Are we heading for a unity government?
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Israeli electionAnalysis

Are we heading for a unity government?

With another political deadlock in the Jewish state following the second general election of 2019, Richard Pater of BICOM looks at the possible options on the table

Richard Pater
Heads of the Joint List party reacts as the first results in the Israeli Knesset elections are announced, September 17, 2019.. Photo by: Gil Eliyahu-JINIPIX
Heads of the Joint List party reacts as the first results in the Israeli Knesset elections are announced, September 17, 2019.. Photo by: Gil Eliyahu-JINIPIX

Israeli politics could reach another stalemate as neither Likud nor Blue and White can form a blocking majority without each other.

Among the winners on the night, Avigdor Lieberman from Yisrael Beteinu received nine seats. According to experts, the “generation and a half” of Russian-speaking voters accounts for a base of only five seats, so for him to almost double that tally suggests his pitch for a broad national unity liberal government resonated with some traditional right-wing voters.

Speaking on Tuesday night, Lieberman presented himself as the responsible adult, suggesting ahead of the formal process that President Rivlin invite both Netanyahu and Gantz for informal talks to explore a national unity government, presumably with some sort of rotation agreement over the role of prime minister.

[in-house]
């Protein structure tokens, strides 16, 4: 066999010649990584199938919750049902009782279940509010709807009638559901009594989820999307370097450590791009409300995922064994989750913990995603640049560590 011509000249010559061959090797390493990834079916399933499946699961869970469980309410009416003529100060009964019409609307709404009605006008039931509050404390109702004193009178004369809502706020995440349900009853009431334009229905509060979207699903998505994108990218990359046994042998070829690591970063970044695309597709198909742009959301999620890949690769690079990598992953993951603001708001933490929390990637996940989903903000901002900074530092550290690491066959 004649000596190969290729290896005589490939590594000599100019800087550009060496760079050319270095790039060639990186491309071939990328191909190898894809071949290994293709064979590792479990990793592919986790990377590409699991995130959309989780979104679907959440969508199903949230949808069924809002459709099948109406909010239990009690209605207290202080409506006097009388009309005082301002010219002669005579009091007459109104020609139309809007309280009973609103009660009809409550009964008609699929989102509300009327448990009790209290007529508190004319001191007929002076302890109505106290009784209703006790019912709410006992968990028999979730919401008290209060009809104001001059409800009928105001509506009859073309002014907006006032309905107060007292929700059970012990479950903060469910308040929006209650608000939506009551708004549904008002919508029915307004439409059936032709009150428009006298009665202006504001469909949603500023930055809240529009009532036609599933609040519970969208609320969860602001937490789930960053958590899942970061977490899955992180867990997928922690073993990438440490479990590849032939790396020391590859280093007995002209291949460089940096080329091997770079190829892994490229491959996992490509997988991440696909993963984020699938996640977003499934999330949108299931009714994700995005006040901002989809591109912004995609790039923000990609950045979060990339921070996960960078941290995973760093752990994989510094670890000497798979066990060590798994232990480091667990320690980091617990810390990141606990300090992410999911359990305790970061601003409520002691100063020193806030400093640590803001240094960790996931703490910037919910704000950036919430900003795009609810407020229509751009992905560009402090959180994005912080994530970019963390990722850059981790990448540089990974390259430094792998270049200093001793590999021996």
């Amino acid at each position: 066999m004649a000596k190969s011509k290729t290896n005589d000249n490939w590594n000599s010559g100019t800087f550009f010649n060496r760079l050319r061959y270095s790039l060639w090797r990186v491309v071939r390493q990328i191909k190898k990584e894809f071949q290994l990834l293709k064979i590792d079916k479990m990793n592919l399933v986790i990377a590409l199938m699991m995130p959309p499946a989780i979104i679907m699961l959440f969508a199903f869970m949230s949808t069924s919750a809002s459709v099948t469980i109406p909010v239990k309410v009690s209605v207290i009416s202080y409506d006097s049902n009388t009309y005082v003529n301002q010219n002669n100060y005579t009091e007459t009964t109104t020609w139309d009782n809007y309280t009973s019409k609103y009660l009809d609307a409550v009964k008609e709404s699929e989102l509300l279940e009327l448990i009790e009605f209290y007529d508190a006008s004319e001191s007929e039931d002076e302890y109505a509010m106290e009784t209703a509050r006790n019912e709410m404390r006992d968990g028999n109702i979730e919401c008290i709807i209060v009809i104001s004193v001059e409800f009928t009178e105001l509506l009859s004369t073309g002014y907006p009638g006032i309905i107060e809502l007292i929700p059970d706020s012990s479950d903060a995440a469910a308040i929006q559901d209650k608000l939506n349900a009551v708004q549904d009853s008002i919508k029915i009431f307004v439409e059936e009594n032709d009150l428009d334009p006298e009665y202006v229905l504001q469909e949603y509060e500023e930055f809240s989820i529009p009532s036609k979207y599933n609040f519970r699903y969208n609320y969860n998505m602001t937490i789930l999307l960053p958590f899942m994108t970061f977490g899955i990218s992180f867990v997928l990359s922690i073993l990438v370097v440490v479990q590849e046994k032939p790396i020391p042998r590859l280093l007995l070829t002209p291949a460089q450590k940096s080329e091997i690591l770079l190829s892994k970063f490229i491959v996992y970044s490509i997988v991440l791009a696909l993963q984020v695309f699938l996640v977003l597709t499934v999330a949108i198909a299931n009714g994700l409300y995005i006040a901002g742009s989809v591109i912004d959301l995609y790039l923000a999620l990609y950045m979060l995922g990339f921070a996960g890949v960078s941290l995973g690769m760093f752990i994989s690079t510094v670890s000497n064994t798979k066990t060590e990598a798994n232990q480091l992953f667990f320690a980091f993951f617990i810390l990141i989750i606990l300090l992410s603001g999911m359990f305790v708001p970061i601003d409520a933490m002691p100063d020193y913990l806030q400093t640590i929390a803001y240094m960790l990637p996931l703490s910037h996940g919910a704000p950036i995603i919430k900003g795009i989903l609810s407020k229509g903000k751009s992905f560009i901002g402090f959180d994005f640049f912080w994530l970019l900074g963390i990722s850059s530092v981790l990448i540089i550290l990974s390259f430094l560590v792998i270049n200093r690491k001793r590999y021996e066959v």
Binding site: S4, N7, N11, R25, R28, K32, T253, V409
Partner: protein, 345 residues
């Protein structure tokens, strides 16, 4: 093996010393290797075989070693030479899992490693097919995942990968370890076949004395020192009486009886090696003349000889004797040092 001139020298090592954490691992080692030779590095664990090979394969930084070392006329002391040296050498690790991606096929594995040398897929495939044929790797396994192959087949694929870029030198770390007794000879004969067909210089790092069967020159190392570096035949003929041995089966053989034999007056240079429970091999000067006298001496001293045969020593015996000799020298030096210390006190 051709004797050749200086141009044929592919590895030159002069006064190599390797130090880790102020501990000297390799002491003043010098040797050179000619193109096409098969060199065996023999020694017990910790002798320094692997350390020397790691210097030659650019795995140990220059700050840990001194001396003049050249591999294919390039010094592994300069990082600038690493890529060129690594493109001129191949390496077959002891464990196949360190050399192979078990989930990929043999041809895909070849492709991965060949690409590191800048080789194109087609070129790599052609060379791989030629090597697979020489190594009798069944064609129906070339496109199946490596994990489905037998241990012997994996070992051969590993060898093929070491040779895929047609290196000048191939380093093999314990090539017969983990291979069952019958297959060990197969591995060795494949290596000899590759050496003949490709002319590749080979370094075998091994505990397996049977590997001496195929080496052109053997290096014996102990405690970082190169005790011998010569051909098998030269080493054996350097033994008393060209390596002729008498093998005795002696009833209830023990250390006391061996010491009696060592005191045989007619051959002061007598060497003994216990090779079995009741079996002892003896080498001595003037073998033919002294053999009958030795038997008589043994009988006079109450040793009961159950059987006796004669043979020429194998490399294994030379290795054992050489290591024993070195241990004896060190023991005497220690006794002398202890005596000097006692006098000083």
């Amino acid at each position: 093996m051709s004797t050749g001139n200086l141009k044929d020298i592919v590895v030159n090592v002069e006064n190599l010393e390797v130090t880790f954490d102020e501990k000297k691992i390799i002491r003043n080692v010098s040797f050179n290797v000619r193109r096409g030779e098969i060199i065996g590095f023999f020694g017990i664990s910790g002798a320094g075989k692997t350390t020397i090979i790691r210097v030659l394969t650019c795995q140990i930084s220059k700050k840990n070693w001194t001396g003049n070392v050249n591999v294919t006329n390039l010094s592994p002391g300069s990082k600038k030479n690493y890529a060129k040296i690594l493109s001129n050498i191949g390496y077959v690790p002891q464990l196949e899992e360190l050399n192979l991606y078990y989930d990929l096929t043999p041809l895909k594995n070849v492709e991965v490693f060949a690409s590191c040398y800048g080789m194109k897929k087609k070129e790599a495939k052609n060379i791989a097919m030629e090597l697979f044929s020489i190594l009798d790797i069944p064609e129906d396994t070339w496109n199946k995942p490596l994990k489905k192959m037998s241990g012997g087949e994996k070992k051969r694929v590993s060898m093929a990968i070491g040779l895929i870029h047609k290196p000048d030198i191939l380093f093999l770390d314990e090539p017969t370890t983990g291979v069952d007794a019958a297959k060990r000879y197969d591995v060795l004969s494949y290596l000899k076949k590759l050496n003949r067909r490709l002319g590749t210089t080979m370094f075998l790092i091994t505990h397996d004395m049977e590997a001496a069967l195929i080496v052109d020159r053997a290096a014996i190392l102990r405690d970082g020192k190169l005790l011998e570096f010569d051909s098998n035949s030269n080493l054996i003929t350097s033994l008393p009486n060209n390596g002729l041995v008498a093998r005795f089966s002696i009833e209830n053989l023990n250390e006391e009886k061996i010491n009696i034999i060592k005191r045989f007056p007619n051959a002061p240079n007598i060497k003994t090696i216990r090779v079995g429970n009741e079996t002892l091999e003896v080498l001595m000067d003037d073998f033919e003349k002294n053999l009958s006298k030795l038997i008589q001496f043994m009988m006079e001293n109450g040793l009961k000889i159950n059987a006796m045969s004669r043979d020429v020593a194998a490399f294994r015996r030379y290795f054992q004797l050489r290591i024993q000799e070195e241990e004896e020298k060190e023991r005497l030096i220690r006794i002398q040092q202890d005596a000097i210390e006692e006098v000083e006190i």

The other big winner, with 12 seats, is the Joint (Arab) List. They are the third largest party and if a unity government is formed, their leader Ayman Odeh could become Leader of the Opposition. There has never been an Arab in that role and it would give him preferential access to the prime minister and security briefings.

It seems Netanyahu’s fear-mongering over the influence of the Arab vote boomeranged and acted as a motivating factor for the Arab community to come out and vote – unlike their low turnout in April.

The left-wing parties dodged a bullet as both made it over the threshold, but the far-right Jewish Power did not make the cut, their approximate 74,000 (1.95 percent) votes going to waste. Right-wing grouping Yamina was left disappointed with only seven seats. It has already announced its break-up into two separate factions.

Centrists are now urging President Rivlin to play a more dominant role in pushing for a national unity government, lest we face a dreaded third election.

  • Richard Pater is a political analyst based in Jerusalem and Director of BICOM’s Israel Office.  
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